Friday, February 11, 2011

Outdoor air pollution and chronic illnesses

The effects of outdoor air pollution on chronic illnesses (Mcgill J Med. 2009 January; 12(1): 58–64.)

Olympic stadium in Montreal during clear and smog-filled skies

Key Quotes:

"The conclusion is clear: short-term elevations of ambient air pollution cause a variety of acute health events, especially in certain subgroups of the population, such as the elderly, children, and those who are impaired physiologically (e.g., congestive heart failure, diabetes, and cardiovascular disease)"

"Our analysis of the published studies showed a 6% increase in non-accidental mortality for every increase of 10 μg/m3 of fine particles, independent of age, gender, and geographic region"

"long-term exposure to fine particles was associated log-linearly with an increased risk of mortality from lung cancer (range: 15%-21% per a 10 μg/m3 increase) and overall cardiovascular mortality (range: 12%-14% per a 10 μg/m3 increase)"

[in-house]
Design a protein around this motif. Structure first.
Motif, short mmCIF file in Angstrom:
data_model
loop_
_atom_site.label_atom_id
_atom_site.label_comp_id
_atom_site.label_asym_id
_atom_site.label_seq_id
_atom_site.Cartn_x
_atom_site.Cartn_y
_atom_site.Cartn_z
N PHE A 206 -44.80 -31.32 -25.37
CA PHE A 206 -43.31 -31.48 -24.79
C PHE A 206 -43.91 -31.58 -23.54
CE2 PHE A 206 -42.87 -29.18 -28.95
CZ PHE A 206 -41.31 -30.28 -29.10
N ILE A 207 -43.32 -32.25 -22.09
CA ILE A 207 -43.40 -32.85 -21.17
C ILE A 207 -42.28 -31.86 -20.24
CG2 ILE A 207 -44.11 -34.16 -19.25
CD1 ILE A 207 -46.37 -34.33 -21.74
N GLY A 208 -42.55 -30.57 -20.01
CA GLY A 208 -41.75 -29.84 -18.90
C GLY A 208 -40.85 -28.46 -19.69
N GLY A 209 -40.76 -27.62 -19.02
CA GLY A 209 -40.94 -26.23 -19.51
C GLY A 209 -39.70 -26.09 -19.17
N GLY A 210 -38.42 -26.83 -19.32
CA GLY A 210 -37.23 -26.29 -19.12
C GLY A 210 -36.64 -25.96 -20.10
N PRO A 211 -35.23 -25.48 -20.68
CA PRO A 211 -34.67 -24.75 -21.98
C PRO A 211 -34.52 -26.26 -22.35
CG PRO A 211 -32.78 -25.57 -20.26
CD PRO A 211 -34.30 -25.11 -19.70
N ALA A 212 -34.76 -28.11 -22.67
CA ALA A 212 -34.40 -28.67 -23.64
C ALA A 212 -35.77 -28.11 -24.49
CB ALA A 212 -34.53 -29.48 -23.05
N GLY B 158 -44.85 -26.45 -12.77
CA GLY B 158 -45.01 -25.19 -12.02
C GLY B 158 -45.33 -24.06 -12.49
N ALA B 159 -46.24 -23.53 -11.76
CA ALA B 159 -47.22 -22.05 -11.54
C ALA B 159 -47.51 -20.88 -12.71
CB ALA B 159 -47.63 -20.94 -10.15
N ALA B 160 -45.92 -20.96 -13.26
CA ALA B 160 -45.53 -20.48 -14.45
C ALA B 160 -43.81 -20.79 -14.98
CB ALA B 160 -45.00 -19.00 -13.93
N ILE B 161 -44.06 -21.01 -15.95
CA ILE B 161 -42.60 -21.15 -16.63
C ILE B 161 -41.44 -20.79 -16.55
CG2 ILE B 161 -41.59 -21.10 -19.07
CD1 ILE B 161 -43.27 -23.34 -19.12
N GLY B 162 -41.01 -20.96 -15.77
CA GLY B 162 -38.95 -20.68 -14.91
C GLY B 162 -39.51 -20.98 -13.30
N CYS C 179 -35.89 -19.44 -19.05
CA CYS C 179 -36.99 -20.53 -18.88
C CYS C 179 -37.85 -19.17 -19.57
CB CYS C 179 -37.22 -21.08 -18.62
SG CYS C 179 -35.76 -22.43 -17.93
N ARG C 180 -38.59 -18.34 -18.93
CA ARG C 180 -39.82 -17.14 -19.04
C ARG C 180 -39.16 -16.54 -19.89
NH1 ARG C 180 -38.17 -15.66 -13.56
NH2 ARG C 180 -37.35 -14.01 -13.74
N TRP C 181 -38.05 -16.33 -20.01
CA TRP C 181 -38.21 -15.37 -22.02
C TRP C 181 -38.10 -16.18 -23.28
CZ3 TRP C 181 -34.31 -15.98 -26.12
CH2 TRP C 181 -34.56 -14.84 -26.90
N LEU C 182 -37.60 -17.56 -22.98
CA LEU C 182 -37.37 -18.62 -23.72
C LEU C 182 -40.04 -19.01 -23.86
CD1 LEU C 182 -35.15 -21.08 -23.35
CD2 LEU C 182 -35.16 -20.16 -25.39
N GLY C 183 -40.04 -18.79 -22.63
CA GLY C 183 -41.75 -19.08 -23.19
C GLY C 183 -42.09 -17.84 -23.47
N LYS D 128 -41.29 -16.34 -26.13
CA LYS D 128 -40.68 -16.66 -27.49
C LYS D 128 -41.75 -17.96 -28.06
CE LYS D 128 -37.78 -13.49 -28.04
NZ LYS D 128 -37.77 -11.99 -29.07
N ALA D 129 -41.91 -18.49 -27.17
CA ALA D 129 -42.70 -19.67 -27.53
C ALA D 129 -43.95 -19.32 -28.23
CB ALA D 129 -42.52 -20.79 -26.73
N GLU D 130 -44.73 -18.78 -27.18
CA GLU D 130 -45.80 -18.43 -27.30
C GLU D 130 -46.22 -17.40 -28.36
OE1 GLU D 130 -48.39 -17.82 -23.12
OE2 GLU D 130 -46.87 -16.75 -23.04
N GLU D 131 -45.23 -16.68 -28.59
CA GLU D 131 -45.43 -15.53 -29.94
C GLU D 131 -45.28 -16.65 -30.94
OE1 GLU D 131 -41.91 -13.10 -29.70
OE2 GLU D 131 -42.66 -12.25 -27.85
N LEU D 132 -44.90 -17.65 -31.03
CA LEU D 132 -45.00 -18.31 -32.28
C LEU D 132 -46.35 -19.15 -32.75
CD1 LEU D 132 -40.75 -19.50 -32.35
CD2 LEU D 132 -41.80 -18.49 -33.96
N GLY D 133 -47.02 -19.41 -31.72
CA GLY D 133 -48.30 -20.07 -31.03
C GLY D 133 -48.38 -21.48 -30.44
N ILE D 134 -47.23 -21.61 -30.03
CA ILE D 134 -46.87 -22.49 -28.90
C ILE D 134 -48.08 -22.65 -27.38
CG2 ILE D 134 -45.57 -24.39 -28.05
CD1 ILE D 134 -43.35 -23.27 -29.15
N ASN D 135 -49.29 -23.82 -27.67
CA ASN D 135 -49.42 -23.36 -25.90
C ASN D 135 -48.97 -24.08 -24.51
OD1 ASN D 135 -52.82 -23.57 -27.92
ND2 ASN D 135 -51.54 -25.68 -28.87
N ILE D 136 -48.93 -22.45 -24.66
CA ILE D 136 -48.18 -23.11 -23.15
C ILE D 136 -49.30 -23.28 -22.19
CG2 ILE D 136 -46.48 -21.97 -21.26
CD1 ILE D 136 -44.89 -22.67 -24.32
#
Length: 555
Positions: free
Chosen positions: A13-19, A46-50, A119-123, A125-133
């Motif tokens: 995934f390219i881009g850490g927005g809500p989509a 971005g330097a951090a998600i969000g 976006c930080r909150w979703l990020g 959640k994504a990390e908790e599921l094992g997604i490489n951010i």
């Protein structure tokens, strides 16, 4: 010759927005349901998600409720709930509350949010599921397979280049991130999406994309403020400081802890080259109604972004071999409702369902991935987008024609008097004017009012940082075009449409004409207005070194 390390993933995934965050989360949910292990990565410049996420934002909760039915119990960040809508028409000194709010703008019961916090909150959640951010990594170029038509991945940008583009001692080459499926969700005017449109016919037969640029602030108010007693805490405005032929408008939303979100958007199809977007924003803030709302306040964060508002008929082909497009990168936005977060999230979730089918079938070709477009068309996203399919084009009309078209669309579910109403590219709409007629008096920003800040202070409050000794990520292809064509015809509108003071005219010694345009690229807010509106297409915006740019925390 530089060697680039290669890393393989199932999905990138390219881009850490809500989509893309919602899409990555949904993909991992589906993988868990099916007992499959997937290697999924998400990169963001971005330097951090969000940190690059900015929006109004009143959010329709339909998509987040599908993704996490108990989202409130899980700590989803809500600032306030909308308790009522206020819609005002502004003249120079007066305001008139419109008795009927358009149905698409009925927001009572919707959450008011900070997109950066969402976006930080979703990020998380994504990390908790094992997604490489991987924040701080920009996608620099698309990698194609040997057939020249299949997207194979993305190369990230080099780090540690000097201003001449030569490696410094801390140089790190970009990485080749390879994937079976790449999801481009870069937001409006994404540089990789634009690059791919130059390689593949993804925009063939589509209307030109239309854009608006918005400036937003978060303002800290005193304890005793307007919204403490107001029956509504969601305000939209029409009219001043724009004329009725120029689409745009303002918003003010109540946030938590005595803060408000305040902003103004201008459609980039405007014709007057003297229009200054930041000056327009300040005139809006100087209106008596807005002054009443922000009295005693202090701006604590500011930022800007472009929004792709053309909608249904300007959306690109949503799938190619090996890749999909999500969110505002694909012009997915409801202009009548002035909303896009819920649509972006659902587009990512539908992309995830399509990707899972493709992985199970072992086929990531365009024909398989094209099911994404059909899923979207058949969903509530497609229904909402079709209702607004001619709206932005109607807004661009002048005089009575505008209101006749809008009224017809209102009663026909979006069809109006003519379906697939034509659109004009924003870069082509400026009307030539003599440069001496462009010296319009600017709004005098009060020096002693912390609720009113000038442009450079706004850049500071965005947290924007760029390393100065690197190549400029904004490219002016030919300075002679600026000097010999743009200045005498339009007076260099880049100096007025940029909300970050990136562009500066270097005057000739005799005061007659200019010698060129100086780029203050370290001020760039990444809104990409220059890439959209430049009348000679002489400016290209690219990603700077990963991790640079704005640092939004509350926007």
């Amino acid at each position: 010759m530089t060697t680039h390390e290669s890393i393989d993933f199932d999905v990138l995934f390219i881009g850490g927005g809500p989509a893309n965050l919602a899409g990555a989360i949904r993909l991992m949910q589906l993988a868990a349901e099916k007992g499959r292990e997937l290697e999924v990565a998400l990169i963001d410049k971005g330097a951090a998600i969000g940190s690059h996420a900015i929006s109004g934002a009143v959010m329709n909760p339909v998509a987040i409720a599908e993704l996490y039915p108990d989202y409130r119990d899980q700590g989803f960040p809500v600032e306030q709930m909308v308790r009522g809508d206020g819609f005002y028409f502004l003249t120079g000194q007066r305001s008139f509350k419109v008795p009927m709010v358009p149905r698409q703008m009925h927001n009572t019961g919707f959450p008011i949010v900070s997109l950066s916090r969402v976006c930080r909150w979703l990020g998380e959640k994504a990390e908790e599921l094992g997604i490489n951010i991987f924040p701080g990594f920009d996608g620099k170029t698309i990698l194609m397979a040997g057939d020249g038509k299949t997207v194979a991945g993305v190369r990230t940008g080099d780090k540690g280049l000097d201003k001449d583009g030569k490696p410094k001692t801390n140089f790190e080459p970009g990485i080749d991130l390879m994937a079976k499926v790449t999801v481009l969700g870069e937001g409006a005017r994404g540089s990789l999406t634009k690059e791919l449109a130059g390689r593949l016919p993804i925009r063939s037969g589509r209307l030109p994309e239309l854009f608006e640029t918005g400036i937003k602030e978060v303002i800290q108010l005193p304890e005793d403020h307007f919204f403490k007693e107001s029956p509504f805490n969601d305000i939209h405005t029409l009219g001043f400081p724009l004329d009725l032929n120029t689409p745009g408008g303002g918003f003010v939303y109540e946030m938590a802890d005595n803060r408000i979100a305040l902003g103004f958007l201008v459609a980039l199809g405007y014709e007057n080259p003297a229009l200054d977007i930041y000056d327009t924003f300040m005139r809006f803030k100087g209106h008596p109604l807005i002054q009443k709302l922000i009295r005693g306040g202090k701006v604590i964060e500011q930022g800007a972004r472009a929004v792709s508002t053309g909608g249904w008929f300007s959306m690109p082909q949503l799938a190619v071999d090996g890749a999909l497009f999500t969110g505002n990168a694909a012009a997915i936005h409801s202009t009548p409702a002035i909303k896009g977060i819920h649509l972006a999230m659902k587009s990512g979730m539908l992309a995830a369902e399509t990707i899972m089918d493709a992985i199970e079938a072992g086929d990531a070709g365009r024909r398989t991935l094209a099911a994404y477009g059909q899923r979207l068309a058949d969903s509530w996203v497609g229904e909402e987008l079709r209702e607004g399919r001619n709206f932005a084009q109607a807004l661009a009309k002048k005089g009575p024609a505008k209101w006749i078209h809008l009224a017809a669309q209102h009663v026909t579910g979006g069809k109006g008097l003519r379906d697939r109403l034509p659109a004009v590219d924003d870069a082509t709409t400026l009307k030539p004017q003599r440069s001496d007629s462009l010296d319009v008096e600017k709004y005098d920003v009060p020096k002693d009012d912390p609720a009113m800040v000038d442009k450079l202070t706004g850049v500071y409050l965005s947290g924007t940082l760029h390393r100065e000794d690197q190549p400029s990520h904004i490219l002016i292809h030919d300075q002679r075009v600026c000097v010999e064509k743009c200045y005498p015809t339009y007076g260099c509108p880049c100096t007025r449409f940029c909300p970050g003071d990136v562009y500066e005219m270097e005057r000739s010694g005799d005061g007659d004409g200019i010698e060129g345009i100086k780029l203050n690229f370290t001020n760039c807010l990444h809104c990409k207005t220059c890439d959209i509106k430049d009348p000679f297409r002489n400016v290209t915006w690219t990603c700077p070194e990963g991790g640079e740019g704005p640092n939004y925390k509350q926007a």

"we found living close to highways or major urban roads appears to be associated with elevated risks of these three health outcomes"

"exposure to fine particles at the current ambient level in Canada would lead to approximately 5,000 deaths each year nationwide. Among these deaths, 1,100 deaths would be from lung cancer and 2,700 deaths would be from cardiovascular diseases"

"The overall evidence from the past and present epidemiological studies strongly supports tighter standards for air pollution, especially particulate pollutants, in Canada and in other countries."

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